Singer dies after bone marrow transplant

Melissa Weigel

Junior engineering student Josh Hanlon, 20, died on July 18 of complications from a bone marrow transplant for leukemia at Children’s Hospital in Philadelphia.

Hanlon, who was from Hollidaysburg, Pa., first found out about his condition during the fall break of 2003. At that point, his disease had not fully progressed, but he needed a bone marrow transplant. He was able to return to school at the end of the break; however, before first semester finals of 2003, he had to go into the hospital.

“It was so sudden. We knew he would have to go into the hospital sooner or later, but we didn’t think it would have to be so soon,” junior Phil Shodder, one of Hanlon’s close friends, said.

He did not return to school second semester, during which time he was supposed to have a bone marrow transplant. However, date for the transplant kept getting pushed back because the doctors could not find a good enough match. When he finally did get the transplant in early summer, he was able to successfully regenerate red blood cells.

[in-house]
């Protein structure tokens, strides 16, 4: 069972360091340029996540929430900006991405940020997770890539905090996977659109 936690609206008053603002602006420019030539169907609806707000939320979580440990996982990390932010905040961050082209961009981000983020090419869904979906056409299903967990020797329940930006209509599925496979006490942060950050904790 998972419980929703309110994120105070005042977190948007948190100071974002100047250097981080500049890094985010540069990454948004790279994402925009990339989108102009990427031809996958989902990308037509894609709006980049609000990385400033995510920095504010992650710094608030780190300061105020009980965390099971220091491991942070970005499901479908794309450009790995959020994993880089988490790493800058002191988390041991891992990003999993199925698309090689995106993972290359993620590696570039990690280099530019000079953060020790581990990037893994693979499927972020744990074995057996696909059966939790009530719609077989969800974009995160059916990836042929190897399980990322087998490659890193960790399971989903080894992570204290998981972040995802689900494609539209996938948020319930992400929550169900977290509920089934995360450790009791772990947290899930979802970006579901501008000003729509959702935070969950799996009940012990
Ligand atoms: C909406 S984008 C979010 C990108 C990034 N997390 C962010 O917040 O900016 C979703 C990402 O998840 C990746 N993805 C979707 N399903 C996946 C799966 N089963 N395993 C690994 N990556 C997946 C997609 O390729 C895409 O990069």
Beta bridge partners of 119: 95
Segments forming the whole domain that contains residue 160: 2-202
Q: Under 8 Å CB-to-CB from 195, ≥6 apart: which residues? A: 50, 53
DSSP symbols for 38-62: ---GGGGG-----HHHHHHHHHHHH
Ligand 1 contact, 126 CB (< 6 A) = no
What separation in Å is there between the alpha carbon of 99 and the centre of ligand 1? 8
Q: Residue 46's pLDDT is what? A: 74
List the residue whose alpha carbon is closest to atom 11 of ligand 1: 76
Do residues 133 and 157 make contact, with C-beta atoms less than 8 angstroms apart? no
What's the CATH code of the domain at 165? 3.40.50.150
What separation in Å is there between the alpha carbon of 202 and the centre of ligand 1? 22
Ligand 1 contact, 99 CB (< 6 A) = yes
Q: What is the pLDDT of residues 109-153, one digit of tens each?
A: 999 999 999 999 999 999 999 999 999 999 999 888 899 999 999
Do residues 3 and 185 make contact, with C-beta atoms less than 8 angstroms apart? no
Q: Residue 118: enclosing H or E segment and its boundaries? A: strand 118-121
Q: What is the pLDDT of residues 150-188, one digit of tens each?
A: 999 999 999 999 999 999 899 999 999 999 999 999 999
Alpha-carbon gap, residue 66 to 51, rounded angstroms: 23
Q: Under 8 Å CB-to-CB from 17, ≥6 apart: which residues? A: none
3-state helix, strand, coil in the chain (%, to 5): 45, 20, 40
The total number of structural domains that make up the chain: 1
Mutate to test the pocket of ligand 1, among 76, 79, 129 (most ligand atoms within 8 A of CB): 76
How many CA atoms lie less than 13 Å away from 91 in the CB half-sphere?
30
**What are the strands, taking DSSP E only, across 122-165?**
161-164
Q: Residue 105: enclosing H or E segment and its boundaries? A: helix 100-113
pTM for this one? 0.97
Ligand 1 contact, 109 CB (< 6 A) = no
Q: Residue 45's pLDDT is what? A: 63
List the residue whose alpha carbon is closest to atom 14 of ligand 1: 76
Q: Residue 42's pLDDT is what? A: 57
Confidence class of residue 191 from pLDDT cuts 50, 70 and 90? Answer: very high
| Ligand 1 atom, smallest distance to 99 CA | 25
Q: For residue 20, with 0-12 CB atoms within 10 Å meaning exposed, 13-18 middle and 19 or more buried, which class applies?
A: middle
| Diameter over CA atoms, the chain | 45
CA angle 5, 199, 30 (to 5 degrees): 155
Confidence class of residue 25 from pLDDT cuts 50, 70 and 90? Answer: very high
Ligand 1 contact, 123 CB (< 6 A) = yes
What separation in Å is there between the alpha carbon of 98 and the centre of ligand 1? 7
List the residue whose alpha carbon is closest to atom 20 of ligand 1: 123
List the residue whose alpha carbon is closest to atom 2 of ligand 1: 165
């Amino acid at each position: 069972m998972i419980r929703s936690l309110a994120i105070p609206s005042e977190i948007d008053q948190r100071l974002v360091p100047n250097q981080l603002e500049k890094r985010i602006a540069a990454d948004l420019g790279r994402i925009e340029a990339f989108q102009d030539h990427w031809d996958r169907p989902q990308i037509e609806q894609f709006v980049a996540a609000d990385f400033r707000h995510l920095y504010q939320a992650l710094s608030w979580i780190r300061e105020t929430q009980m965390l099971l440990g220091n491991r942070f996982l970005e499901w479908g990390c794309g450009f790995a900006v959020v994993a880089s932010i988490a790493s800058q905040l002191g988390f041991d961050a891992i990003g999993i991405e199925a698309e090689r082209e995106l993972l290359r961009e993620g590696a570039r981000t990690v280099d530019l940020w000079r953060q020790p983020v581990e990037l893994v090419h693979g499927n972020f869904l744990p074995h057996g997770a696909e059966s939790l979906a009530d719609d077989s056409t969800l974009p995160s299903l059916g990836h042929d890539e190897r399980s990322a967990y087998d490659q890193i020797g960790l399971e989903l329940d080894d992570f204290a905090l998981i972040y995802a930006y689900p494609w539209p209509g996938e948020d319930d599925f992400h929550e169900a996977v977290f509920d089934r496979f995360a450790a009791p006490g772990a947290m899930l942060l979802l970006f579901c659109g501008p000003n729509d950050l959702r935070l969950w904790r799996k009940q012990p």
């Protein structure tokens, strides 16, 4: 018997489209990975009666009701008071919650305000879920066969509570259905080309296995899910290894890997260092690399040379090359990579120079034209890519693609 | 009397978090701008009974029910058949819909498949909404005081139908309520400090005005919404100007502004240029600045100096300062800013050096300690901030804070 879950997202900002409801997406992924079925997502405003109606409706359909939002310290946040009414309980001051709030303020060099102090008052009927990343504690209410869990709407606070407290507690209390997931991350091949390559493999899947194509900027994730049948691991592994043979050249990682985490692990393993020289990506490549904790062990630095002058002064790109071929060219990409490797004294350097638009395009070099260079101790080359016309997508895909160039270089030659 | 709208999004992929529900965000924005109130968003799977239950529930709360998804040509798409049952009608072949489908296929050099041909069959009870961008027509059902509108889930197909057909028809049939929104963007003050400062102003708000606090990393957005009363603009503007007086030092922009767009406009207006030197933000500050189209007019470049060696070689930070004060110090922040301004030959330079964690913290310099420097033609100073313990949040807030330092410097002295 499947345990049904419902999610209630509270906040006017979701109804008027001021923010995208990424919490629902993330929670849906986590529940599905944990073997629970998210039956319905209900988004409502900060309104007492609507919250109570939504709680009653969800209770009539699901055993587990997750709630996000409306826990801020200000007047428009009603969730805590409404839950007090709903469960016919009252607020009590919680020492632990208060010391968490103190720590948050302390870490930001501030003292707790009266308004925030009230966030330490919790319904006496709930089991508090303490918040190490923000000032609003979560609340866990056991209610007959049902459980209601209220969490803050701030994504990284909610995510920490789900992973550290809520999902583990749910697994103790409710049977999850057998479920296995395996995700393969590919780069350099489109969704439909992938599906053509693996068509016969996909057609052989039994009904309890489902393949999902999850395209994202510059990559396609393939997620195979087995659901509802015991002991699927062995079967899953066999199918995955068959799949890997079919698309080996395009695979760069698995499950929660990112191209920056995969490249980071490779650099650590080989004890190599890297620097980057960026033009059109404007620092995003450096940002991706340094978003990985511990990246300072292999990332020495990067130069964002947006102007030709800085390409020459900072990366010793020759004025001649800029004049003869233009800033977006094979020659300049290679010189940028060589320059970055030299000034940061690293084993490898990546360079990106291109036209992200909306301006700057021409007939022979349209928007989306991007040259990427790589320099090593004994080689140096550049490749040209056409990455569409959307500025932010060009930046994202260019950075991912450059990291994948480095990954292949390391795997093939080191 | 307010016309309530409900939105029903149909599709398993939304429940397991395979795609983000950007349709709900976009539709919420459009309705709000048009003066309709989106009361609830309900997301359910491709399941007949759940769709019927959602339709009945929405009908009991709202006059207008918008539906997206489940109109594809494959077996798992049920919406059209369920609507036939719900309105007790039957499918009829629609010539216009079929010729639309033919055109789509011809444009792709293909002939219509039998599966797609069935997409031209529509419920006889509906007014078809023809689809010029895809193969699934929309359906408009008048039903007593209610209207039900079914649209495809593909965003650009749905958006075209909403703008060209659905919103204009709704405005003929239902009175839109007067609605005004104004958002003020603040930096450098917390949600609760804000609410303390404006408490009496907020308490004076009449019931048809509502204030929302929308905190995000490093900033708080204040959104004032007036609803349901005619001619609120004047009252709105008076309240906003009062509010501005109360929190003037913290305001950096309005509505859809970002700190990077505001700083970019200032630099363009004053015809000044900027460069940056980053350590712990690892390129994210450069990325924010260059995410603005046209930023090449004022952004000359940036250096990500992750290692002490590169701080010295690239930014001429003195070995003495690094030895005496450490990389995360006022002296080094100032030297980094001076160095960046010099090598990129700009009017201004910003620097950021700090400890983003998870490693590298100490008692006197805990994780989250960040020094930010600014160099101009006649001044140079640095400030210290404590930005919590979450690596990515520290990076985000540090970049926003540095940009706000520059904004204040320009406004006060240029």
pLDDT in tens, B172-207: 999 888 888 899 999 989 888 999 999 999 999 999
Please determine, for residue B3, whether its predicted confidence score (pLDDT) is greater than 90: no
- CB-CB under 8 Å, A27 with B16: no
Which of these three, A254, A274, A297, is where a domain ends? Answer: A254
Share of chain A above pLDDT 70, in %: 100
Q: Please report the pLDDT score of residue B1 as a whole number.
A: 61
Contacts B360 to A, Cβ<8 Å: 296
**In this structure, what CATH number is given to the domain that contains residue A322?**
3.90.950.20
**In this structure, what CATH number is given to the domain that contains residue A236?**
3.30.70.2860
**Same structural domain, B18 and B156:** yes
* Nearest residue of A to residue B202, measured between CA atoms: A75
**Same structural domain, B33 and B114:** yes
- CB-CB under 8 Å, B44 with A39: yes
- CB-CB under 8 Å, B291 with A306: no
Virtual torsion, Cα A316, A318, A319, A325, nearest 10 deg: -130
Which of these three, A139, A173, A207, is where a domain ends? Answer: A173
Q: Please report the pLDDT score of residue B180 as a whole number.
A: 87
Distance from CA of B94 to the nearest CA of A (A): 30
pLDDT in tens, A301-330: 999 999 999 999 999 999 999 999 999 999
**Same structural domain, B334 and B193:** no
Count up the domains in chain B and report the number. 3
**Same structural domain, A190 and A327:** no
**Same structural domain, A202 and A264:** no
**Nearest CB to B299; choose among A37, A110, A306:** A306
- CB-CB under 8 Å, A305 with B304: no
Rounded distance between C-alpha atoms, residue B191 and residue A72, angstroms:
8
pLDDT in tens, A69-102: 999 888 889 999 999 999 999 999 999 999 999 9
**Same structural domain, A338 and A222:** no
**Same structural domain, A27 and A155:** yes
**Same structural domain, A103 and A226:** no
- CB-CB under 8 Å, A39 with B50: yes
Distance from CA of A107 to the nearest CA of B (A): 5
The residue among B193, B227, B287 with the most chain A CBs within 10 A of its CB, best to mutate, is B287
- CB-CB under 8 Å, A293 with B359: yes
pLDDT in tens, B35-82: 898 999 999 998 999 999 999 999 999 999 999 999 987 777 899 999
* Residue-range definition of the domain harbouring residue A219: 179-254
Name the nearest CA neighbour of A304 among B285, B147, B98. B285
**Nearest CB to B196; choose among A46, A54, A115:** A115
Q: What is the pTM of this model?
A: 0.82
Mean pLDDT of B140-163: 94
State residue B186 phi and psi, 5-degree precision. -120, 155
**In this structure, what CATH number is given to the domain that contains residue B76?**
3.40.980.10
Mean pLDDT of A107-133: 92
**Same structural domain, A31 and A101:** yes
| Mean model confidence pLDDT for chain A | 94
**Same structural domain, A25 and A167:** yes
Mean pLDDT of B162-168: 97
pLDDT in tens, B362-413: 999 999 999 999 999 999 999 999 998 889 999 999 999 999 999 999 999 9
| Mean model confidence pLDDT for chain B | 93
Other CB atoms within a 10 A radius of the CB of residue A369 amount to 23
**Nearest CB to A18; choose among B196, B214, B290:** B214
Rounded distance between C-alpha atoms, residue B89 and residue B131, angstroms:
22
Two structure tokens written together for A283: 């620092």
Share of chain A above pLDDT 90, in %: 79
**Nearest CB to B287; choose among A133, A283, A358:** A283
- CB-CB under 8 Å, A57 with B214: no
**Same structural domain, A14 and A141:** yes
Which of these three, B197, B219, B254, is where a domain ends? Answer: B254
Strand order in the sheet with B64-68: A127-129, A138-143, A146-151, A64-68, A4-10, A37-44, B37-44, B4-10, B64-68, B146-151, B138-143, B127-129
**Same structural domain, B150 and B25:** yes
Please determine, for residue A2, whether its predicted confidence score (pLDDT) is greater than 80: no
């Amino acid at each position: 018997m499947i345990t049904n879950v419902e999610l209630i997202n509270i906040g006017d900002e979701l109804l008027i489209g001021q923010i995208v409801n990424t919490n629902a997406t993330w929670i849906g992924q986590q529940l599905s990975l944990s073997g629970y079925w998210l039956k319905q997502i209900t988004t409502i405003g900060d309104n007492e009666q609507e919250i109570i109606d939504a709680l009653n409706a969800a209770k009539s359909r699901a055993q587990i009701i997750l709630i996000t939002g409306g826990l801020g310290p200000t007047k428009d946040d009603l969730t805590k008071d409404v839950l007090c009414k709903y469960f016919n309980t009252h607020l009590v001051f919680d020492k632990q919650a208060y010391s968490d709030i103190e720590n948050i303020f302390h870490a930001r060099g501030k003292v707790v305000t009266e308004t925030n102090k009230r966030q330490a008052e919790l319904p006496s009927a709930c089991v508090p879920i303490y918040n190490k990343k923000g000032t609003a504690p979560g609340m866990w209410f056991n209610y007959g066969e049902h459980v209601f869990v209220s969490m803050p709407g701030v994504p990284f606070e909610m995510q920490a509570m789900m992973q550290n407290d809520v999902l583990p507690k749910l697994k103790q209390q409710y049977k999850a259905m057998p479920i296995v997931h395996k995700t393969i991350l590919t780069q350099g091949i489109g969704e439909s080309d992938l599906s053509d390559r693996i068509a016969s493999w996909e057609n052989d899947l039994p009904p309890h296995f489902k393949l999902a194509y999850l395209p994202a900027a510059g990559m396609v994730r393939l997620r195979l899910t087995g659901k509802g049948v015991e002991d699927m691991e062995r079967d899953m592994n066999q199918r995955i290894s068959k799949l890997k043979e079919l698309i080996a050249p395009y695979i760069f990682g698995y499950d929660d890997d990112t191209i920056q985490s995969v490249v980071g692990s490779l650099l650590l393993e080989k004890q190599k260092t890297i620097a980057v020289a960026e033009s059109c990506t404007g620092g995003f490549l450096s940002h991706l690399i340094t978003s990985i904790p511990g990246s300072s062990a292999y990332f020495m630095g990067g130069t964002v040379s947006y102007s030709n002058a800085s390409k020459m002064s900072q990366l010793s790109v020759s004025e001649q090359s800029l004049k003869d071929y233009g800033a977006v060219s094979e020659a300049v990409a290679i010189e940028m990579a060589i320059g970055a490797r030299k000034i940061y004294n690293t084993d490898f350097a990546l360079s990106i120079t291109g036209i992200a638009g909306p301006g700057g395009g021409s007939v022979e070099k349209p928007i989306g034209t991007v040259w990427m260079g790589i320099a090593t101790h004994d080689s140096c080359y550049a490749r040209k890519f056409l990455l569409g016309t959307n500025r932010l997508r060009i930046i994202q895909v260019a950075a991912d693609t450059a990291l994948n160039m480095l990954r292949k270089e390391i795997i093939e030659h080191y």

Hanlon then developed graft vs. host disease, in which the body reacts against the new blood cells being created by the transplanted bone marrow. This is normal, and doctors treated Hanlon with steroids. However, the disease soon spread to his lungs. Doctors gave Hanlon oxygen to help him breathe. Eventually, he was placed on a ventilator and was never able to breathe without it.

He was the oldest of five children, and his brother Bill Hanlon is a freshman at Villanova. “He was the most amazing brother anyone could ever ask for,” Bill Hanlon said. “I looked up to him so much.” Hanlon’s mother died of cancer three years ago.

Hanlon was involved with many groups at the University, including the Singers, Vocal Minority, RAMP, SEARCH and the Alumni Hall service learning community.

According to another of Hanlon’s close friends, Jason O’Brien, Hanlon very much enjoyed being involved with Vocal Minority. “He was about to start chemo and was in so much pain, but when he got to sing onstage with Vocal Minority, he just looked so happy,” O’Brien said.

“I want people to remember the most Josh’s great character and generosity,” O’Brien said. “His concern [when he was sick] was always for his siblings, dad and friends.”

There will be a memorial Mass for Hanlon in the Villanova church at 2 p.m. on Sept. 26.